Do you have a beer belly? Men with large waists and high body mass index (BMI) have greater risks of developing aggressive prostate cancer and dying from it than their counterparts, new research in Europe suggests.

Researchers from the University of Oxford examined records of more than 140,000 men with an average age of 50 from eight different countries in the course of 14 years. During this time, there were 7,000 cases of prostate cancer, with 934 deaths.

The Oxford team found that waist circumference and BMI were strongly linked to high-level prostate cancer and prostate cancer-related death, with the risks increasing by more than 10 percent as the belly fat or adiposity increases.

More specifically, a 4-inch or larger waist size could boost the chances of getting prostate cancer by 13 percent. Males who had waistlines bigger than 37 inches were most at risk, researchers said.

Dr. Aurora Perez-Cornago, the lead author of the study, says the findings reveal that the link between body size and prostate cancer was complex and differed by the aggressiveness of the disease. She says this was probably caused by cancer-causing hormones in fat cells, although this has not yet been proven.

Another notable finding from the research is that the overall risk of prostate cancer was actually lower for men with higher BMI and men with larger waistlines.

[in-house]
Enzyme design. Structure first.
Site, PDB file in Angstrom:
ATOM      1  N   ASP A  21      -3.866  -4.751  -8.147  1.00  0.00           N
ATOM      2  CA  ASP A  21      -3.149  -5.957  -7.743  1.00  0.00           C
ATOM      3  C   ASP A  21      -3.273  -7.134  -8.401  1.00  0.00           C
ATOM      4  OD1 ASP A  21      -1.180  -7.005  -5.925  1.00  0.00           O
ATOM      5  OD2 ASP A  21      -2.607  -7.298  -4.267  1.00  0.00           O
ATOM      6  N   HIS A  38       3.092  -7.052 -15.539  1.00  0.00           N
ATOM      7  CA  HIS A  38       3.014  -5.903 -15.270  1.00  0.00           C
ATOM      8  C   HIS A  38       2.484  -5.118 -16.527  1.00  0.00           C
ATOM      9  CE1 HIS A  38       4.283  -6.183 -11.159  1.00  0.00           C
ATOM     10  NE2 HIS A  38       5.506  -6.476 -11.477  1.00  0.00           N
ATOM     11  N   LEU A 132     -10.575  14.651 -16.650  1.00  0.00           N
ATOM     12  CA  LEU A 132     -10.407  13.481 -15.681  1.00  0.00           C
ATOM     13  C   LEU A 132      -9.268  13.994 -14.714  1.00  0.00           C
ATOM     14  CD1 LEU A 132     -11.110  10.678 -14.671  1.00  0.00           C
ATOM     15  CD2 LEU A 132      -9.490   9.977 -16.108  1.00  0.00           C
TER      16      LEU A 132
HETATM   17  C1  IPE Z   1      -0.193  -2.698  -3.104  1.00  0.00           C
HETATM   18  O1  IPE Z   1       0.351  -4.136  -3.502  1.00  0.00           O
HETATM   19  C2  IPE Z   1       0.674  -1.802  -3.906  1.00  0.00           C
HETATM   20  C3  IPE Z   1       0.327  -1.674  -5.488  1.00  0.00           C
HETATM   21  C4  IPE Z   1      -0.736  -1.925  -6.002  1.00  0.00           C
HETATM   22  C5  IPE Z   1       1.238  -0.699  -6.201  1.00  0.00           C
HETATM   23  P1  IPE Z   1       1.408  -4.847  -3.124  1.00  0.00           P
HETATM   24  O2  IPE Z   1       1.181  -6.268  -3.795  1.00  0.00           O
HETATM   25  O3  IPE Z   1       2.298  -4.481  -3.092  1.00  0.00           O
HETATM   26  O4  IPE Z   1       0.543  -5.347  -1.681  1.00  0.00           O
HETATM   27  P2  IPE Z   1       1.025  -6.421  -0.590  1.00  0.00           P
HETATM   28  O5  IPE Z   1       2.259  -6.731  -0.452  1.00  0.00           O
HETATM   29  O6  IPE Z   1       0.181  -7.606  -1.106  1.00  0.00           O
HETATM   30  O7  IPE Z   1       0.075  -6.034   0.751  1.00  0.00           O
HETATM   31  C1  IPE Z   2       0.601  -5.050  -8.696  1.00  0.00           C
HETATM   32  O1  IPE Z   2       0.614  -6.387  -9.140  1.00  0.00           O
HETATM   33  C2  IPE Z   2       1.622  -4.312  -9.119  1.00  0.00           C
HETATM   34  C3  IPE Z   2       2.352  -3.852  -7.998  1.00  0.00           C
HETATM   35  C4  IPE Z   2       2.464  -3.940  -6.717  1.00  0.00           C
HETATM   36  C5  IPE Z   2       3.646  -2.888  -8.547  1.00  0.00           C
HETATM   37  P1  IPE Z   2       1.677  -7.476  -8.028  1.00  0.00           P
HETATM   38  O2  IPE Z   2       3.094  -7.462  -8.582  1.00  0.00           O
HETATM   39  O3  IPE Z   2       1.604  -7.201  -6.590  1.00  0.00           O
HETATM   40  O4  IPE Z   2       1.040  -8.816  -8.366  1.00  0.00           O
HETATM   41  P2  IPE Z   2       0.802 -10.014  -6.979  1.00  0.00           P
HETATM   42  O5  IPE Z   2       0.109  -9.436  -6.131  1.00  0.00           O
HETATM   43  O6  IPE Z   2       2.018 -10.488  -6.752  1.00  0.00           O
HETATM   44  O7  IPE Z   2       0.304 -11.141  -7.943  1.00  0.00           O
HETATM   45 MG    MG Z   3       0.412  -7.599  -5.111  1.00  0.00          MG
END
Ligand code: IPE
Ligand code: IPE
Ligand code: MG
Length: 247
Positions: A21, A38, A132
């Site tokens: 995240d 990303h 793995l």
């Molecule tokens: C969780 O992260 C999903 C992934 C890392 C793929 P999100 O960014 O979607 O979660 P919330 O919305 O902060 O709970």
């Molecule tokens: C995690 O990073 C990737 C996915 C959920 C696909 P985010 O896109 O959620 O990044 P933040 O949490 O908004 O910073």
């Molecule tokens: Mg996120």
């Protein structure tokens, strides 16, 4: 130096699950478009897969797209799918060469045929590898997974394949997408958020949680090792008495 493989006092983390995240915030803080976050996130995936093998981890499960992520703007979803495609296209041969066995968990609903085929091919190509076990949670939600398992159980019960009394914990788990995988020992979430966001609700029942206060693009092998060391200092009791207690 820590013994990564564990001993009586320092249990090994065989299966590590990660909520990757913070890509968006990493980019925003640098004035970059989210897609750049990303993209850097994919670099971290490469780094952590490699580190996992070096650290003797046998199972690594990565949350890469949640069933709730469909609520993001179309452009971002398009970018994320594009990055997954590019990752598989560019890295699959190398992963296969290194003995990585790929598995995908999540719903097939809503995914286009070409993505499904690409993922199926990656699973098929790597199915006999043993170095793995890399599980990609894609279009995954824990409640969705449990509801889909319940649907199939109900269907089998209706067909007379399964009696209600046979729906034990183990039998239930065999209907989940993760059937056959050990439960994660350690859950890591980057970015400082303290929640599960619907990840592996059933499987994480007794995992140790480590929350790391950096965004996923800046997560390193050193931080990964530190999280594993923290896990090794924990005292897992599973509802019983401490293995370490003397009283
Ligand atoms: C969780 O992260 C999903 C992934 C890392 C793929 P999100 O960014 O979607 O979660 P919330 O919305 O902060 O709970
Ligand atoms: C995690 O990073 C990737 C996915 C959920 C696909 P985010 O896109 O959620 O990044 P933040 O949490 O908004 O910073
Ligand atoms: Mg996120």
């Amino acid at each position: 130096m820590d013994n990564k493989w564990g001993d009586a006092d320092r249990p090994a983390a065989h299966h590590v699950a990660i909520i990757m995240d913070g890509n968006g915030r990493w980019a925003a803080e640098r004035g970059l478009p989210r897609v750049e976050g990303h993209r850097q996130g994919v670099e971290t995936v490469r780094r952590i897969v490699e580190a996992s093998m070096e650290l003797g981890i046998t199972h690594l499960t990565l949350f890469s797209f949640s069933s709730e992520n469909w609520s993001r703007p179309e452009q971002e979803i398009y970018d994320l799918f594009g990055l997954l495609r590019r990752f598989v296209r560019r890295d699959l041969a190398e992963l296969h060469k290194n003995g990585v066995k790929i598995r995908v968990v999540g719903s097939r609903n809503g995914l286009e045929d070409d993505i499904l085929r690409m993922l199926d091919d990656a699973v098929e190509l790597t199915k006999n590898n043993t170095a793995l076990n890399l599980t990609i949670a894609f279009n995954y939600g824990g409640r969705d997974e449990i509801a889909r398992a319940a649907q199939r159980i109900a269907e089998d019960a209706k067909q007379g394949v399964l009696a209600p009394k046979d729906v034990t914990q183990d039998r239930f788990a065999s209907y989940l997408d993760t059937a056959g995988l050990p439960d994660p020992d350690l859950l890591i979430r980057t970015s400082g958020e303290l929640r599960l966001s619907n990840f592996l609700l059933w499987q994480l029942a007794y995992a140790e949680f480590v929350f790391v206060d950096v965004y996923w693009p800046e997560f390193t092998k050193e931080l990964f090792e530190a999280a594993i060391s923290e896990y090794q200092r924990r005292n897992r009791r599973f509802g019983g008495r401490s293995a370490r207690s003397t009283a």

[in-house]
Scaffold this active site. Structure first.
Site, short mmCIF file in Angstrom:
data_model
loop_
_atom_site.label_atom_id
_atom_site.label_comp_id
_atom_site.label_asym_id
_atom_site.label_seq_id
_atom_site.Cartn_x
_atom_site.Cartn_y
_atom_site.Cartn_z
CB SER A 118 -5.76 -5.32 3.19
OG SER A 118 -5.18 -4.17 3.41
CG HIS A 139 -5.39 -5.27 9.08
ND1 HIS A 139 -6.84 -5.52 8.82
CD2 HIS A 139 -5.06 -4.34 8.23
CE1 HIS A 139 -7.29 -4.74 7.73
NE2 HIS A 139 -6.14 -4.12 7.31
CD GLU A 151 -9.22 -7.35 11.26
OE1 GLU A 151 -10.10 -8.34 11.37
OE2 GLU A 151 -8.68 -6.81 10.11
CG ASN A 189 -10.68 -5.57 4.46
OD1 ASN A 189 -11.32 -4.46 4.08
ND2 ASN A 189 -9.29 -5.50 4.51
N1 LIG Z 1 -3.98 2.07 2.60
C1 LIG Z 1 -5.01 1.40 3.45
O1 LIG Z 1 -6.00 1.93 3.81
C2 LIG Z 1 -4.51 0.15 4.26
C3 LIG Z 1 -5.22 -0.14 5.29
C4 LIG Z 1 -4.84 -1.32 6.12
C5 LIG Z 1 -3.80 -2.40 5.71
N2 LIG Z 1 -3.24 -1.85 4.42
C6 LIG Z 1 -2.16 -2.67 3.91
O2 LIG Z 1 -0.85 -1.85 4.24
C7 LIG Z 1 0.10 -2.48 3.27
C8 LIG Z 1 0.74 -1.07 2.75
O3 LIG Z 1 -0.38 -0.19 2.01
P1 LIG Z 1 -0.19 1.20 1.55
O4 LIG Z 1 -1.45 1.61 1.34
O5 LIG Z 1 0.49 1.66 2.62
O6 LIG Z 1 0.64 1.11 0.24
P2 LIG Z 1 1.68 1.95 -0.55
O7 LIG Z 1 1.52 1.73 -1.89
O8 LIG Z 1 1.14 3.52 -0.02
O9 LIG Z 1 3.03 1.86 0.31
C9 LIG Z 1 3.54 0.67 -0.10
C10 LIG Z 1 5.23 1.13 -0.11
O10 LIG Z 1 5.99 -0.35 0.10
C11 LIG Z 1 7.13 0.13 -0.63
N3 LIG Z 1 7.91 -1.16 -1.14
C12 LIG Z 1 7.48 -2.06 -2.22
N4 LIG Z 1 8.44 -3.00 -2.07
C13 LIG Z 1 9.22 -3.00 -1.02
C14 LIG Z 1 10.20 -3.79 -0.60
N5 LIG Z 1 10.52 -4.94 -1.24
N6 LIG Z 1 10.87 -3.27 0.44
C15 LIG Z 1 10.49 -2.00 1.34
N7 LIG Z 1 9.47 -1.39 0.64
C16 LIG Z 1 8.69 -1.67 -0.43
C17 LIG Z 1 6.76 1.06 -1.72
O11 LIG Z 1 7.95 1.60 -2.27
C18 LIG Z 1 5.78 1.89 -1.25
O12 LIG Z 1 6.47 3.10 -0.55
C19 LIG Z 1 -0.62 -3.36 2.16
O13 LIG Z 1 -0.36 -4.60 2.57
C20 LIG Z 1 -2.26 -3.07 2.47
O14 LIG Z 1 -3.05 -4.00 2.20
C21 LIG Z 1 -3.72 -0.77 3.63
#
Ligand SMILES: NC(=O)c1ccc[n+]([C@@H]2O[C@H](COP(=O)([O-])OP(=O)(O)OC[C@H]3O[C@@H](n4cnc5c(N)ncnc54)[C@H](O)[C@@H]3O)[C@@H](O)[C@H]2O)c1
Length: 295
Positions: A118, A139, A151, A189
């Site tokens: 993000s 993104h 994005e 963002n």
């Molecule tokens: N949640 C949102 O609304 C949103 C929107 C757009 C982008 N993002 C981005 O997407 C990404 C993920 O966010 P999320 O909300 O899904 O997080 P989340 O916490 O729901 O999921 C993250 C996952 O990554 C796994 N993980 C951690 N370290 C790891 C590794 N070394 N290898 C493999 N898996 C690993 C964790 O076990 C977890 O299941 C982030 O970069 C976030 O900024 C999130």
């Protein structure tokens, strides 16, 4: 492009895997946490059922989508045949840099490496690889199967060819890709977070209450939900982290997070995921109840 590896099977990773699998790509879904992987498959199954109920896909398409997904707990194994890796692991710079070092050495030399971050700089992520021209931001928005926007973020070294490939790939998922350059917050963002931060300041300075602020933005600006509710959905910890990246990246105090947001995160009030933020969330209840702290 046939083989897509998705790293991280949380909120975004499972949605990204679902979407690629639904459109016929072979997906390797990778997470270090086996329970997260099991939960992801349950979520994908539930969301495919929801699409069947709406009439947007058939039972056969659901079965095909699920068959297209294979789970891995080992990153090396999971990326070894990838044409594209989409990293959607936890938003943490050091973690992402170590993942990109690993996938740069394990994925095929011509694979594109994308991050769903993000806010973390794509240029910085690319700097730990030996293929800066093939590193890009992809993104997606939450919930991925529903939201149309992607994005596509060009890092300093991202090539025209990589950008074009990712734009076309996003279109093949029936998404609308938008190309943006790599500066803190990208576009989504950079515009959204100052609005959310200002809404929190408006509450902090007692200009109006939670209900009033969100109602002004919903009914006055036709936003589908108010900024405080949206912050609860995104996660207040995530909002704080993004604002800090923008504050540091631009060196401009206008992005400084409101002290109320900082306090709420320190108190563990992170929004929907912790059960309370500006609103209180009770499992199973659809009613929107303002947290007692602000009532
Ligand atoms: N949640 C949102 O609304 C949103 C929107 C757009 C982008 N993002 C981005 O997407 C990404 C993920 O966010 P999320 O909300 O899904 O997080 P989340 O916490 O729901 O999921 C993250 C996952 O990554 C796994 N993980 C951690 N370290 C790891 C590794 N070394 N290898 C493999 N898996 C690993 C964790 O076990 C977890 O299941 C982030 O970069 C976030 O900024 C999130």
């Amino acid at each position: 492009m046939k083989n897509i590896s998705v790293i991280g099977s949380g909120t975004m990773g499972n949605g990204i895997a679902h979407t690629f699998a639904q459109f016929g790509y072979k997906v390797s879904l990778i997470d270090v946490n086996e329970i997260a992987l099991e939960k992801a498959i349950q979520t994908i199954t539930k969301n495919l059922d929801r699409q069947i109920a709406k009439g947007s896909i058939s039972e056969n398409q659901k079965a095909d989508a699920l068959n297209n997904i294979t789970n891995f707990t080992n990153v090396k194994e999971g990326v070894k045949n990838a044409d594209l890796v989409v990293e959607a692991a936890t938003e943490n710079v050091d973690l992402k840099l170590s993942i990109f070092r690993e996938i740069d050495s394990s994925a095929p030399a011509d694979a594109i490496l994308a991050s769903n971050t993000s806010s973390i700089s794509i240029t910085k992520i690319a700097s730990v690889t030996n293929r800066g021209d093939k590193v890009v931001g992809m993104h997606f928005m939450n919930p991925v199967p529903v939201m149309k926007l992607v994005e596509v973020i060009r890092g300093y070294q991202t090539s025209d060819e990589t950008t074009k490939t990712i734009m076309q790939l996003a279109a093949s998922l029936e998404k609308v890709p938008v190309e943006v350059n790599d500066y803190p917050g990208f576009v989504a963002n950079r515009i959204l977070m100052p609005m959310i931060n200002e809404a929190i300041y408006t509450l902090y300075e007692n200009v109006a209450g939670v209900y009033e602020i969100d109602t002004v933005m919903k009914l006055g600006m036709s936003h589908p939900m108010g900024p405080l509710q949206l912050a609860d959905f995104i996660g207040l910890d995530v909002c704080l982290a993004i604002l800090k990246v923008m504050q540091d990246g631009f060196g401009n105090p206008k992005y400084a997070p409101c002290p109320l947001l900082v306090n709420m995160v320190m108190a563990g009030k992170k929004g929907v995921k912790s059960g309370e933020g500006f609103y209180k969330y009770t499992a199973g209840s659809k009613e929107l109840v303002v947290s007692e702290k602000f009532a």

Perez-Cornago says there were indeed differences in incidence by cancer grade, and so it forced them to divide the study in two: those who had high-grade prostate cancer, and those who had low-grade prostate cancer. She says the study cannot take into account the result for total prostate cancer risk.

Perez-Cornago also notes that overall risk of prostate cancer in men with greater belly fat is lower, and is driven by a lower risk of low-grade disease. They have yet to understand why this happens.

Researchers highlighted the fact that their findings are aligned with health advice for all non-communicable diseases.

"Men should try to maintain a healthy weight," researchers wrote.

Indeed, a spokesperson for Prostate Cancer UK says keeping a healthy weight and staying active can help against many diseases. Previous research suggests that weight training could help get rid of belly fat.

The details of the study were presented at the European Obesity Summit this year.

Photo: Tony Alter | Flickr

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